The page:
FIG. 6 is a flow diagram illustrating some of the processes performed by the embodiments of the invention shown in FIGS. 2-5. A flow 600 begins at a process 610, when the system is initialized. Initialization can occur when the system is initially powered, a peripheral turned on, a USB cable inserted into a port, or whenever a connect signal is given. After initialization, the process 610 seeks and detects the presence of any peripheral. In some embodiments of the invention there may be multiple peripherals. In other embodiments, a single peripheral may have multiple endpoints and seem like multiple separate peripherals. In any event, a process 620 determines the USB configuration settings of all of the peripherals, such as vendor id, device id, and product id. There may be a default configuration and alternate configurations as well, all of which can be detected by the emulated host 90.

After the USB configurations are known about the peripheral or peripherals, the configuration information is sent to the peripheral emulator, such as the emulator 60 of FIG. 3 in a process 630. As shown in FIG. 5, the configuration data may be sent over a special data configuration link 78, or, as shown in FIGS. 2 and 4, the configuration data may be sent over the ultimate communication channel, 76 or 77.

After the emulator 60 receives the configuration settings, it is set to emulate the detected peripheral device to the local host 50 in a process 640. Configuration of the emulator 60 may take place in conjunction with the local host 50, as is known in the art. In one embodiment, illustrated in FIG. 7, the emulator 60 is configured by setting a vendor id in a process 640a, a product id in a process 640b, and a device id in a process 640c.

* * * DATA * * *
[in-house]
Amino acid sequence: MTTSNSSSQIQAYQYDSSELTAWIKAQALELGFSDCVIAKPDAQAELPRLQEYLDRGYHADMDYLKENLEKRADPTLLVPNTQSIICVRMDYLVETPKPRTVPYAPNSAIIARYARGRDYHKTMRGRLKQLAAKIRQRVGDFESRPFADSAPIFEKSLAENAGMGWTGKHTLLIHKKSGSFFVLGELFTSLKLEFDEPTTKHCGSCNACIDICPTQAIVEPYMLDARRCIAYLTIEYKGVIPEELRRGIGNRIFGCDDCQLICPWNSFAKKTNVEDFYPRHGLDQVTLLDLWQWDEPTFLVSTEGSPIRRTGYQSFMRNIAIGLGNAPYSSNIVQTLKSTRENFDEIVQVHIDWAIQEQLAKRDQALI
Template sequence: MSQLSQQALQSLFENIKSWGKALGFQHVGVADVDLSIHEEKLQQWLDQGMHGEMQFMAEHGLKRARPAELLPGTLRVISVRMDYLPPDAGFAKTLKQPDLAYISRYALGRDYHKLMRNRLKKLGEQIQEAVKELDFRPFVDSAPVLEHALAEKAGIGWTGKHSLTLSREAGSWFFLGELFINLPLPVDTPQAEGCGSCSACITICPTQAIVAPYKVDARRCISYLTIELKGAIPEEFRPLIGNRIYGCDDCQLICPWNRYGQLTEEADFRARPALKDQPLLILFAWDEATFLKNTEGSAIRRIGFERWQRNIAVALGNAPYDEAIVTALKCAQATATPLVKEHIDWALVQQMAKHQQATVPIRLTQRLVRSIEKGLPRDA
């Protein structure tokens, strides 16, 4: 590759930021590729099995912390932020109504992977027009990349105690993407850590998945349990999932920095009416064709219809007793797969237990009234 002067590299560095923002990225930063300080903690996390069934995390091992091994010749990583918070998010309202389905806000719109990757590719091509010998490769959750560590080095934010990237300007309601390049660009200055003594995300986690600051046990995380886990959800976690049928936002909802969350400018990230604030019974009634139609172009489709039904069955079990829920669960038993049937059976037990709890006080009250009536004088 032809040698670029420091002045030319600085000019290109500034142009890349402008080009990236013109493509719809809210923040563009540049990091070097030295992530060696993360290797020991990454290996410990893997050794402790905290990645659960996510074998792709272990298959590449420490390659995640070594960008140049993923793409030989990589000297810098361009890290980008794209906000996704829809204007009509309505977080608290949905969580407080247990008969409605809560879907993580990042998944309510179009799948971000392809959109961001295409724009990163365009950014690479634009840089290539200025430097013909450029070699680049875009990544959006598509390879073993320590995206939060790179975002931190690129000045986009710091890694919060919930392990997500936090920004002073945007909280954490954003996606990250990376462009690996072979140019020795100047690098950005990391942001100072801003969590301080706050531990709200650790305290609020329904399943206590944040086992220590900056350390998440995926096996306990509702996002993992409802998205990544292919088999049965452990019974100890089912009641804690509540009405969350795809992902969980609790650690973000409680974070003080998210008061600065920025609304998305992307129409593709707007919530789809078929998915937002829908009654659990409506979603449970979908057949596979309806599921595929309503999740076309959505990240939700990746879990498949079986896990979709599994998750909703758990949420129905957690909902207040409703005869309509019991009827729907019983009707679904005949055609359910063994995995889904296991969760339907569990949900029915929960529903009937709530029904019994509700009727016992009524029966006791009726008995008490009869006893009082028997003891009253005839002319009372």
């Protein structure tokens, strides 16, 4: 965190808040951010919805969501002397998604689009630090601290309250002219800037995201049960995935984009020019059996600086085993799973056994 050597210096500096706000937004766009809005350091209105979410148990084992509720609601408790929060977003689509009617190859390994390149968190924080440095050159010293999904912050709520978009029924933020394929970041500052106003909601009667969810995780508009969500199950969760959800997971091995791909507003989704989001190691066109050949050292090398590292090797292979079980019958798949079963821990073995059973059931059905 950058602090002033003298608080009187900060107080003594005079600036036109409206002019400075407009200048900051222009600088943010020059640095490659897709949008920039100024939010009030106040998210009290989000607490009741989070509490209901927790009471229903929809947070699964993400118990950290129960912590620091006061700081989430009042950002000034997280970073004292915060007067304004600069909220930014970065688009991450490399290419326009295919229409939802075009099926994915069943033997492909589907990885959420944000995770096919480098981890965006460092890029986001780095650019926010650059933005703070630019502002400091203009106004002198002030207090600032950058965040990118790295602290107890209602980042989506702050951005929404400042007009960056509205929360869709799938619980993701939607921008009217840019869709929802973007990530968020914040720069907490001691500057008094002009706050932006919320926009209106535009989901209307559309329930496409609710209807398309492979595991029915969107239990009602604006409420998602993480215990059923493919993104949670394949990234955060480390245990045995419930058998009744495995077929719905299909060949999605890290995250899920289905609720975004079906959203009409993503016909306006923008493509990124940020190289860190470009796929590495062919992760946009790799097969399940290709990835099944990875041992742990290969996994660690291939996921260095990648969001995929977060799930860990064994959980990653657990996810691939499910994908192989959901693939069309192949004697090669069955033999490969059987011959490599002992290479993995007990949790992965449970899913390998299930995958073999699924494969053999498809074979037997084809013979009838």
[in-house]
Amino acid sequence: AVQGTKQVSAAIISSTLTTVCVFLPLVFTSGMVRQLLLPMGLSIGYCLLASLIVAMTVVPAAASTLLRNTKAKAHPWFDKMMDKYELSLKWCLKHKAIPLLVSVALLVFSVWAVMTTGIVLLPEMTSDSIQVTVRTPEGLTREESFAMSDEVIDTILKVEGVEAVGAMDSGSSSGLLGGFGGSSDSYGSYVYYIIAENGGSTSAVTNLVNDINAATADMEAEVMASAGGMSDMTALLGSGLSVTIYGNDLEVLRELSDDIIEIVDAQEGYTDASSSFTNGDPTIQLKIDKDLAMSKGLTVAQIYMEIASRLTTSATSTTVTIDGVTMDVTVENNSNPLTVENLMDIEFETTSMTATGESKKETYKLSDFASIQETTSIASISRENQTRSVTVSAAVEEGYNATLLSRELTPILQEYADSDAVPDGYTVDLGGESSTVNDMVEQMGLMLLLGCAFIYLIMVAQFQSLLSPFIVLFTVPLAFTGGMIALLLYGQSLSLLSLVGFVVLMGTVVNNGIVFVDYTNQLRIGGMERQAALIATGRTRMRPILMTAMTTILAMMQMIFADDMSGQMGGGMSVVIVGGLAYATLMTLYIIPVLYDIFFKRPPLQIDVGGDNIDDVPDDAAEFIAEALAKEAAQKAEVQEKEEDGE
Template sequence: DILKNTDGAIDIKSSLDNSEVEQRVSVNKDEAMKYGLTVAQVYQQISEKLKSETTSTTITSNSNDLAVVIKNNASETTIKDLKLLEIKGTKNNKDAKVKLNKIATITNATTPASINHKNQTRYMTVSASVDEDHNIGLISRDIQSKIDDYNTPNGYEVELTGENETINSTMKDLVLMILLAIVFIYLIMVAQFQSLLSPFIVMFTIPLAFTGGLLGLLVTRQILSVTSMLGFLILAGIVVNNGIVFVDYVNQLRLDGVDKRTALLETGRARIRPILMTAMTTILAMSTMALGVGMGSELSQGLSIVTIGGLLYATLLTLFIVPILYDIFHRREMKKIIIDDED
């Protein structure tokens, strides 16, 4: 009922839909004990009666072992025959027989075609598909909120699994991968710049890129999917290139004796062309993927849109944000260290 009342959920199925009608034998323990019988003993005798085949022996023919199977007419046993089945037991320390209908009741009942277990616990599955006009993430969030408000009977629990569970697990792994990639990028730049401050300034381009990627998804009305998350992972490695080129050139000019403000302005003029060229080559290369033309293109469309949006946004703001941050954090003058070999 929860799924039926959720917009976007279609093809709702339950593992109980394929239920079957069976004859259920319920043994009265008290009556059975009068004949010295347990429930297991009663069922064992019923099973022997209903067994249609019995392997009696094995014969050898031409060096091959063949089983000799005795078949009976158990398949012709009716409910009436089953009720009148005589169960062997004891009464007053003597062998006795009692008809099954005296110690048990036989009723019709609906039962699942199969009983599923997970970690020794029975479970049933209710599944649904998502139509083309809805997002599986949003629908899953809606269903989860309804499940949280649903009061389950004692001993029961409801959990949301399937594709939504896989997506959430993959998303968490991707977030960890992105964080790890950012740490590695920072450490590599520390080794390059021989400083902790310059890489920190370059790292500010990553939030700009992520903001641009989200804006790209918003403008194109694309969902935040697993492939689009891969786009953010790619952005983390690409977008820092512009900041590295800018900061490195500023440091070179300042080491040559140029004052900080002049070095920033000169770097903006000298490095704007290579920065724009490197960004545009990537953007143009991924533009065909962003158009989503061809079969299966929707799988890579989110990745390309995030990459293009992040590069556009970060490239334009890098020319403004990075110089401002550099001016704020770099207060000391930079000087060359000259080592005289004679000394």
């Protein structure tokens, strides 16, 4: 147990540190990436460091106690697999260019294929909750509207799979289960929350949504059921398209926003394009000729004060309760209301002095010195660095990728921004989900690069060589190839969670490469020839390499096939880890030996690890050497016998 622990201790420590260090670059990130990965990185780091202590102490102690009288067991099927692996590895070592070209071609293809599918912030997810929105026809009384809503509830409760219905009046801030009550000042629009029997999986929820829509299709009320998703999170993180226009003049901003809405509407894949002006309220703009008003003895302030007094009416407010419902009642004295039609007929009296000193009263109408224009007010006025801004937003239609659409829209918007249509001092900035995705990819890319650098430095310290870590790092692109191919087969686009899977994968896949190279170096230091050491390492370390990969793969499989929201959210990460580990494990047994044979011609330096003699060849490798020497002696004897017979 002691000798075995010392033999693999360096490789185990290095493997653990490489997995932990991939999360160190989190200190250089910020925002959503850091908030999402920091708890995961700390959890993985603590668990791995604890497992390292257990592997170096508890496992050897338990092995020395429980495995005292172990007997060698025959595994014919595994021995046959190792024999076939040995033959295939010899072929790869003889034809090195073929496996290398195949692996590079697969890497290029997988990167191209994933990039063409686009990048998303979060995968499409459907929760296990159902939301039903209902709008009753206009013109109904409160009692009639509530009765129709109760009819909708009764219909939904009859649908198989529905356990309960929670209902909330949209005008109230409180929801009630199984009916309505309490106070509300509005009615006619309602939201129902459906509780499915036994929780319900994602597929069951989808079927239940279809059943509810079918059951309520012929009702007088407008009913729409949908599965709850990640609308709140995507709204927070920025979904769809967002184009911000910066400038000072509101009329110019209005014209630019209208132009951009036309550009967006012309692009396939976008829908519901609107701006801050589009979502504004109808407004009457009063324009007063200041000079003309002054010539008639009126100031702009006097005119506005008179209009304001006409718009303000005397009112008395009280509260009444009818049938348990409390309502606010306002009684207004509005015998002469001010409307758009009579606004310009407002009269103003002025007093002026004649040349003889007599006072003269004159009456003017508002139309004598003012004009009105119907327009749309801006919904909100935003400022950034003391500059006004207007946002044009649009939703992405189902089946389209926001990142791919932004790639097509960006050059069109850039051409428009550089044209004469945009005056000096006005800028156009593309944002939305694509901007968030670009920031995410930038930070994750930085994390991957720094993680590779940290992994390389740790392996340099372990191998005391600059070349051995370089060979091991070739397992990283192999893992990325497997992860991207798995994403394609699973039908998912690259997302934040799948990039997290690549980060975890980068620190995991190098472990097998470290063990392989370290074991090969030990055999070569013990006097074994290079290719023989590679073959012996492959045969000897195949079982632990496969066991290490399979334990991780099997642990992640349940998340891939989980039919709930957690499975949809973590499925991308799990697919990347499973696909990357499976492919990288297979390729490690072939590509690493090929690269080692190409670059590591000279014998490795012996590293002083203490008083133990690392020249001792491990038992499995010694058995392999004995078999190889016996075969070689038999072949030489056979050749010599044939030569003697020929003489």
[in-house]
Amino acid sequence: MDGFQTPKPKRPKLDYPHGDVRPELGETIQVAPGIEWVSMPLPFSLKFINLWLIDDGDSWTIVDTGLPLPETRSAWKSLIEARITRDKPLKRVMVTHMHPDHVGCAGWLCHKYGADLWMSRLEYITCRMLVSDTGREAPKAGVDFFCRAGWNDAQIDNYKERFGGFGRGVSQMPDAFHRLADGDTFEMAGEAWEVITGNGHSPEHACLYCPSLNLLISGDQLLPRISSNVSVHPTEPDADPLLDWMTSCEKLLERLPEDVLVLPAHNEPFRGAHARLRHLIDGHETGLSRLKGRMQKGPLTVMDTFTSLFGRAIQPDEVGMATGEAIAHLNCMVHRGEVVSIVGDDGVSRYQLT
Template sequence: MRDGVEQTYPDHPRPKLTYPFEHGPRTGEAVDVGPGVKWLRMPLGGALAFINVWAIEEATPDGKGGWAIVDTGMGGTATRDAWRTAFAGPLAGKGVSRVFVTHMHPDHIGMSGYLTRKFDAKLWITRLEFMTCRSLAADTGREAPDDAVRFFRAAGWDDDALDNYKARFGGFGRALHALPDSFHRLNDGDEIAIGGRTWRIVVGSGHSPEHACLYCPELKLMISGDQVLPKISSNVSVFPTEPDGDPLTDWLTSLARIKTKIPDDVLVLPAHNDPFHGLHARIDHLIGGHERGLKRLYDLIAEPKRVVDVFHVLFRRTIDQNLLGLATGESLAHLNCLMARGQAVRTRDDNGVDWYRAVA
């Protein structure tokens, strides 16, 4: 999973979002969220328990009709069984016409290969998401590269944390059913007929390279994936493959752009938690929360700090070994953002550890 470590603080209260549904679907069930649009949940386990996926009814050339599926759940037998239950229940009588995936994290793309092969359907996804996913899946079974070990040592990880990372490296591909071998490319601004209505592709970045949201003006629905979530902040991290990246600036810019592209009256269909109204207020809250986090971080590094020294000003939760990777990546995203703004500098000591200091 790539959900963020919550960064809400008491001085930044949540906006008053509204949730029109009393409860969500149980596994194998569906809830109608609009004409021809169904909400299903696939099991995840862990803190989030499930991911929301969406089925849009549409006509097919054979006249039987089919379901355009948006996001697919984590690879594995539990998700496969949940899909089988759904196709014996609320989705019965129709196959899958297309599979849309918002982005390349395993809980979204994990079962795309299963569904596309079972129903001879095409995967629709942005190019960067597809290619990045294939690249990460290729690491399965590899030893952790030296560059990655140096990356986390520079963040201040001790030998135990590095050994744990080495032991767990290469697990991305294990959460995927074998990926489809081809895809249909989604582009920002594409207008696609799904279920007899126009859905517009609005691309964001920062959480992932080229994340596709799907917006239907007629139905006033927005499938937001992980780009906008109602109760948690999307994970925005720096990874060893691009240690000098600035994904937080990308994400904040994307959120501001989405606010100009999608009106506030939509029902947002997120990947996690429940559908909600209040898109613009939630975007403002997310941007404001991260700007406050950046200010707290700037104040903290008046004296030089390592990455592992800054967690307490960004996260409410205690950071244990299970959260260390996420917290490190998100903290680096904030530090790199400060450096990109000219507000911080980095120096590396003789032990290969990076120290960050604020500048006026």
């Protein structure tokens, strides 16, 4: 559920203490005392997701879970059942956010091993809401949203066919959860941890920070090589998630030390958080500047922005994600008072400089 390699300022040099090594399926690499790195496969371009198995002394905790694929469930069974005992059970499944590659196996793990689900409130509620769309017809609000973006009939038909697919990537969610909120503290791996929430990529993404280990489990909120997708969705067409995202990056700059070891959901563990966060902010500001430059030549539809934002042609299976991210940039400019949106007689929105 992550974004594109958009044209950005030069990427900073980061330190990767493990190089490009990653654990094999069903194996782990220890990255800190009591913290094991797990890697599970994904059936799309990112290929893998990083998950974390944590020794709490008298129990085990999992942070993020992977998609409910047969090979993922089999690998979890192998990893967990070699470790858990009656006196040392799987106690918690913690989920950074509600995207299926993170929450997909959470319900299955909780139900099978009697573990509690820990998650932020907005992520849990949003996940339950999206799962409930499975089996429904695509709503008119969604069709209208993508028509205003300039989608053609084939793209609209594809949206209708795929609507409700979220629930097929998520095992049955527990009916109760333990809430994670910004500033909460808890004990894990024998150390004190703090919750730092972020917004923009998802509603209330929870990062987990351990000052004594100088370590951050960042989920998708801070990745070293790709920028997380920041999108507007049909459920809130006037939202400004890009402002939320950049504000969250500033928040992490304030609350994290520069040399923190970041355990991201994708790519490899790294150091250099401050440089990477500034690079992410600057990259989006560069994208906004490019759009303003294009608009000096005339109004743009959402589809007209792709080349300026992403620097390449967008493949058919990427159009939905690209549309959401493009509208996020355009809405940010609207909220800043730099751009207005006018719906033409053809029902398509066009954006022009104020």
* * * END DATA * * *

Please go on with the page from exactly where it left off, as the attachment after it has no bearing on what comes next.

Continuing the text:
Returning back to FIG. 6, a decision 650 determines if there are more peripheral devices attached to the host emulator 90. For instance, the peripheral 100, such as illustrated in FIG. 2 may actually be a USB hub that has multiple USB devices connected to it. In this case, the peripherals and the hub itself may each be interrogated/enumerated and data sent to the peripheral emulator 60. In some embodiments, each peripheral or peripheral setting may be set individually at the peripheral emulator 60. In other words, if there were three peripheral devices connected to the host emulator 90, the processes 610-640 would be repeated three times. After the peripheral emulator 60 is set to emulate the peripheral 100, two-way communication begins between the local host 50 and the peripheral 100 in a process 660 and as described above.

The approach outlined above is superior to conventional approaches because software compatibility with USB is maintained while the USB wire may be eliminated. The approach is scalable and may handle a variety of bandwidths, including Hi-Speed USB. The approach is also tolerant of hostile operating environments, and allows a variety of proprietary interfaces between the local host 50 and the peripheral 100.

One of ordinary skill in the art will recognize that the concepts taught herein can be tailored to a particular application in many other advantageous ways. In particular, those skilled in the art will recognize that the illustrated embodiments are but one of many alternative implementations that will become apparent upon reading this disclosure. For instance, a connection between a wide variety of local hosts and remote peripherals could be extended within the scope of the appended claims.